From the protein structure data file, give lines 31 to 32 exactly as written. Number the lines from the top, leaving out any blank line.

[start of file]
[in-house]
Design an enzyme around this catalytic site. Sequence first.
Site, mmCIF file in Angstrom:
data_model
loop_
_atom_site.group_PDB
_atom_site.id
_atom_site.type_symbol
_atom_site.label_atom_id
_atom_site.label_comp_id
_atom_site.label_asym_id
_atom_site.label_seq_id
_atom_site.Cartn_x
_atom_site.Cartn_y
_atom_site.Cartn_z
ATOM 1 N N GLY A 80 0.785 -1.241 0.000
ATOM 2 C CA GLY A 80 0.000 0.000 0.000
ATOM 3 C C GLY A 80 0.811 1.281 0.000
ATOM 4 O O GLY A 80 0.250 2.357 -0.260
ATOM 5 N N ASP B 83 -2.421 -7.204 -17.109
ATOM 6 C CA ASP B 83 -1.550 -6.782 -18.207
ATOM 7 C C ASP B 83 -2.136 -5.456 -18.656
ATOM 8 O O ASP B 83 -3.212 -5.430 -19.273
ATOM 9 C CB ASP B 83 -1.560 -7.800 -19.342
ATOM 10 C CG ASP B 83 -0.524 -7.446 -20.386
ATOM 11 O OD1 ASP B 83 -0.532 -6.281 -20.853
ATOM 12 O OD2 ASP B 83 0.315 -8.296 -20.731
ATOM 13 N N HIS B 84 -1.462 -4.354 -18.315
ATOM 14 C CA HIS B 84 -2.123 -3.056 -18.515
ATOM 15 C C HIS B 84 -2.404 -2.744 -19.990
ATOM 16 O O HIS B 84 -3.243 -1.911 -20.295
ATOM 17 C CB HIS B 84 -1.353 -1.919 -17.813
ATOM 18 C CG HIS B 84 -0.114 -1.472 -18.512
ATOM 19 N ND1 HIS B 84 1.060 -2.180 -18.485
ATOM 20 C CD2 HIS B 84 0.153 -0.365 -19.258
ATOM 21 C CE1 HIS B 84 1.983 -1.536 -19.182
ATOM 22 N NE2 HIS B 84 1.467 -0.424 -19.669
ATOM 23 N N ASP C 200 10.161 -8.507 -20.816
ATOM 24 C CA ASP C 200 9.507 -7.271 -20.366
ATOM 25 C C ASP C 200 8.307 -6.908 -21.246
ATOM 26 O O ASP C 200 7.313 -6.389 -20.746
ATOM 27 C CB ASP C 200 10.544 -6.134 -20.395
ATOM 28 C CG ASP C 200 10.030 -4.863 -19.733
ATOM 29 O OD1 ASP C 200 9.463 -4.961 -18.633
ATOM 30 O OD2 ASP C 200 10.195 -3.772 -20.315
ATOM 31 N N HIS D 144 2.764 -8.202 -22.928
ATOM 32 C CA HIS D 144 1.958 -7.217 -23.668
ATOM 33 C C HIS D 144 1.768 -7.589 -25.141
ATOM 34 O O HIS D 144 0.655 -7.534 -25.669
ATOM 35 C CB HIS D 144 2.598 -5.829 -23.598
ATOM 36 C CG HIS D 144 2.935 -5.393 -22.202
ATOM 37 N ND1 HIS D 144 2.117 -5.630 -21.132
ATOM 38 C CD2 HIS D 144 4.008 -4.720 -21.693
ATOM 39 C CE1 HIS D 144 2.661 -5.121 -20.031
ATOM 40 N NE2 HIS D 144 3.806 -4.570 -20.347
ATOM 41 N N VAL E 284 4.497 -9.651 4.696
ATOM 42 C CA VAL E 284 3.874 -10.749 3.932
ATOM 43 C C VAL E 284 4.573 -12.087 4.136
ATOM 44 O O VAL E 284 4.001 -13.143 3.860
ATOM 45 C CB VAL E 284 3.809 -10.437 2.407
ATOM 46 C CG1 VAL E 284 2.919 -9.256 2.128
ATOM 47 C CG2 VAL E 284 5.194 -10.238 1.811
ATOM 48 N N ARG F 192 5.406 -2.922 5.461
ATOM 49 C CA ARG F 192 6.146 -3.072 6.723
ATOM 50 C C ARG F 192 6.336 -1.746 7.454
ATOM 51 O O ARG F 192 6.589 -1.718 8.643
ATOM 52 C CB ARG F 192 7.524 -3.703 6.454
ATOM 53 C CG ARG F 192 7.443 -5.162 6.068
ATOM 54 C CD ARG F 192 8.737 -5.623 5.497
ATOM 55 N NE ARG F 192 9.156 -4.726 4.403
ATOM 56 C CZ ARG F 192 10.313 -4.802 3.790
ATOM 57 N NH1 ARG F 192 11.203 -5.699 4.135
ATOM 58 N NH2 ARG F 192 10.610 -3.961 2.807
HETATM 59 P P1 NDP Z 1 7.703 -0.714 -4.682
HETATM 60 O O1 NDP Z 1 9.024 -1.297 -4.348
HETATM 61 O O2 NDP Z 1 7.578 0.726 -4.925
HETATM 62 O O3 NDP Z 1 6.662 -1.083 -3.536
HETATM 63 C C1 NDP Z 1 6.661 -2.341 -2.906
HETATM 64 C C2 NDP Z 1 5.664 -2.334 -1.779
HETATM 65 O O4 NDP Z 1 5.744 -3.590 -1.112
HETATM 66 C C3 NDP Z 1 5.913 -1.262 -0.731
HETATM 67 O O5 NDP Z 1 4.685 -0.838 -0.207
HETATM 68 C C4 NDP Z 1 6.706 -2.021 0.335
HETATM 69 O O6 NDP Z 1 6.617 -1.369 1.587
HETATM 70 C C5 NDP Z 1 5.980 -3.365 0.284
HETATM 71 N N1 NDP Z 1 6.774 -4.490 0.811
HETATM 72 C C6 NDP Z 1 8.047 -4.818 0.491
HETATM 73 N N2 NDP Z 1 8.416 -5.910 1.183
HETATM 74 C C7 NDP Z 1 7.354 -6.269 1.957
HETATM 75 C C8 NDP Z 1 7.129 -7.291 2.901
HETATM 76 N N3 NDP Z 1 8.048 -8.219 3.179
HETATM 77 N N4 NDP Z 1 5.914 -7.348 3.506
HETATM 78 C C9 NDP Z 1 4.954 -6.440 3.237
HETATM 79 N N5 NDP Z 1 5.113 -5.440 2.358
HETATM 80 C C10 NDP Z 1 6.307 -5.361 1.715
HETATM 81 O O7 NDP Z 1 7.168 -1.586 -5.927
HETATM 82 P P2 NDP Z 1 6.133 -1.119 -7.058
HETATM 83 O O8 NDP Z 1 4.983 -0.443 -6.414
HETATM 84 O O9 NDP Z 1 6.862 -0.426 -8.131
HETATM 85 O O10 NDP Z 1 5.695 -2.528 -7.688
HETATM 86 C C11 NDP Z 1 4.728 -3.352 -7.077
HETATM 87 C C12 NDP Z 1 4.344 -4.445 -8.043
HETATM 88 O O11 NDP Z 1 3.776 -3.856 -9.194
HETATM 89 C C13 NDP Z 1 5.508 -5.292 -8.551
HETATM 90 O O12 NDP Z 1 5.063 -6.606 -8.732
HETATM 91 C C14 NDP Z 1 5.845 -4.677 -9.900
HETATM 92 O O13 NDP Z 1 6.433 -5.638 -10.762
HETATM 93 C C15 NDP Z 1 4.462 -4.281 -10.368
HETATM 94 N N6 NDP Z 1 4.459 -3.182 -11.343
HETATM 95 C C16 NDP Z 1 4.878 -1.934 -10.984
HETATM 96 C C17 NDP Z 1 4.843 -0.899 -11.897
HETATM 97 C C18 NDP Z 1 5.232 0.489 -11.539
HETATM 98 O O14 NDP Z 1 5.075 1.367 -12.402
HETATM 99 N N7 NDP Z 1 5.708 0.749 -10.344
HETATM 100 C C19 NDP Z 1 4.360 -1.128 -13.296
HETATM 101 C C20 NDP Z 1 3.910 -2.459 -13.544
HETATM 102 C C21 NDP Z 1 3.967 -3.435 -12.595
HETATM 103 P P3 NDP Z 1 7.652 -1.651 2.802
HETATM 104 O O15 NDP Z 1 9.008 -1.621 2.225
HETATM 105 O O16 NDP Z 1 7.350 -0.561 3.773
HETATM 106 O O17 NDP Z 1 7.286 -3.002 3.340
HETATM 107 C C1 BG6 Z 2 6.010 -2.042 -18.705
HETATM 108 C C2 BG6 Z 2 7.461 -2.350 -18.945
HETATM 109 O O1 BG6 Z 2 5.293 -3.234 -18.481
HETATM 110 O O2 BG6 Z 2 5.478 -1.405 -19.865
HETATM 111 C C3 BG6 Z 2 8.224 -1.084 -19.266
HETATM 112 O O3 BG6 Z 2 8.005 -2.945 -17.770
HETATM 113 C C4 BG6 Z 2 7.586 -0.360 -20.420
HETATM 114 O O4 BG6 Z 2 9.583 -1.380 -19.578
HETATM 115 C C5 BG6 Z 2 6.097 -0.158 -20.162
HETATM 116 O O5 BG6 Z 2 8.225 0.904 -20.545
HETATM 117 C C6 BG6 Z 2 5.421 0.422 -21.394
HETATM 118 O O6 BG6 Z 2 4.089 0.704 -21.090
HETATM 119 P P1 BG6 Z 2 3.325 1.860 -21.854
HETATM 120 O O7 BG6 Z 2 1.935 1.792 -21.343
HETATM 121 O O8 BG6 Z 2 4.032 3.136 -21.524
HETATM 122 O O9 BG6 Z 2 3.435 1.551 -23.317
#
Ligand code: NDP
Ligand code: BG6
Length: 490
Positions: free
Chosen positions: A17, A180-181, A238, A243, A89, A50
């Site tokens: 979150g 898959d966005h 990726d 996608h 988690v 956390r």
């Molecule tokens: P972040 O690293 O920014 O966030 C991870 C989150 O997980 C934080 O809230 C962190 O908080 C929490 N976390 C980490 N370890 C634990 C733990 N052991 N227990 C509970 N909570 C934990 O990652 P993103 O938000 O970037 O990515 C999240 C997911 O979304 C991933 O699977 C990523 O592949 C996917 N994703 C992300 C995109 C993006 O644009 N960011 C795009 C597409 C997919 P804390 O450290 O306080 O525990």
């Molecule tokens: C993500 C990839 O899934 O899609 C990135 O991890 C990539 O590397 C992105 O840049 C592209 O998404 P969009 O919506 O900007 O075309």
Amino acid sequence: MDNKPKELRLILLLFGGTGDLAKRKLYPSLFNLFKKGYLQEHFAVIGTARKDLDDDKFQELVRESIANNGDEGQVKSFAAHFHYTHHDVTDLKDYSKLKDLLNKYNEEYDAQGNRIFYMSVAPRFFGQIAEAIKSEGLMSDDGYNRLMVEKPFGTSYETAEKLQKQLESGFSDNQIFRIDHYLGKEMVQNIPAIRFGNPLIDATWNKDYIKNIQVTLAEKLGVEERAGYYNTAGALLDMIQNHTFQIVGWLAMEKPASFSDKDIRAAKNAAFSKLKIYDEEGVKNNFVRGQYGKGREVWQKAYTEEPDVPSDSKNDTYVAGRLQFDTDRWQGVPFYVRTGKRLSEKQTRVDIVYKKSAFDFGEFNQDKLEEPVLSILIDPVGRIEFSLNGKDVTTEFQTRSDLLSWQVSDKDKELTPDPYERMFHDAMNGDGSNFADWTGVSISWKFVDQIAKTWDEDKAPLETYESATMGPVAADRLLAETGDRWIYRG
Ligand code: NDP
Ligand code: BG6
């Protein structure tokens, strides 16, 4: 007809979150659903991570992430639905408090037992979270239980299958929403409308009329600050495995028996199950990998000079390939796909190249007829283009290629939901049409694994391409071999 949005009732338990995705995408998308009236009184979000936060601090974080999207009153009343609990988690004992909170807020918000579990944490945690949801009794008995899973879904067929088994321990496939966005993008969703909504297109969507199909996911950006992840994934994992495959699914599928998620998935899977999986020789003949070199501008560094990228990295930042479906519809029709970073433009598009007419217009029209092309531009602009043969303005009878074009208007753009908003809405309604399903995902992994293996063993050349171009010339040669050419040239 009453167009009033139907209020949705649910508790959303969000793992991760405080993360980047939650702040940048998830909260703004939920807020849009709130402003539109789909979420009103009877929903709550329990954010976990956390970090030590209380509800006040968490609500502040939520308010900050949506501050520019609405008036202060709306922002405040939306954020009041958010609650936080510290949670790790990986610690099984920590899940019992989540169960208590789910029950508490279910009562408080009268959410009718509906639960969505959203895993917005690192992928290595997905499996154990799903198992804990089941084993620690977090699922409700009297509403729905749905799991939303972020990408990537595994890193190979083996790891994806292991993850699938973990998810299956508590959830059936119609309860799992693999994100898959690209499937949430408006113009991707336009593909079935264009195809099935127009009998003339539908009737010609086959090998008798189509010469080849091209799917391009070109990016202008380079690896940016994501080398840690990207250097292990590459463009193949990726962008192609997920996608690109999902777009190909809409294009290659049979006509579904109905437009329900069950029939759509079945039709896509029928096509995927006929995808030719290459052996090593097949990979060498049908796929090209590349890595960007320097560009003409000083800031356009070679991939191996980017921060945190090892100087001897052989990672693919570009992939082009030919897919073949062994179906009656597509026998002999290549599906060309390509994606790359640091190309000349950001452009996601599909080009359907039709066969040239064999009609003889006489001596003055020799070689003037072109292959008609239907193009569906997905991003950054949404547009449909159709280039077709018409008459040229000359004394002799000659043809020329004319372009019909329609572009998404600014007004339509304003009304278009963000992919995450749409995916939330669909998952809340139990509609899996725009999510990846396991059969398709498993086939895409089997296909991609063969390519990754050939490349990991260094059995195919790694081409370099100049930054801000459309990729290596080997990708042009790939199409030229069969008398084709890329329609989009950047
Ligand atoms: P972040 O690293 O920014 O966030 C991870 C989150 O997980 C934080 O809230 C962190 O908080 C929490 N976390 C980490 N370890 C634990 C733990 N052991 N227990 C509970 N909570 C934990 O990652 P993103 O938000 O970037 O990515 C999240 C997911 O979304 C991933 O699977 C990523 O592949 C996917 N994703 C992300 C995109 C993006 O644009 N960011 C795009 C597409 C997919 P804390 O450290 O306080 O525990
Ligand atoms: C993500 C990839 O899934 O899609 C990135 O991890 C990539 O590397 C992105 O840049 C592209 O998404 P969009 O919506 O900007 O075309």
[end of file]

ATOM 16 O O HIS B 84 -3.243 -1.911 -20.295
ATOM 17 C CB HIS B 84 -1.353 -1.919 -17.813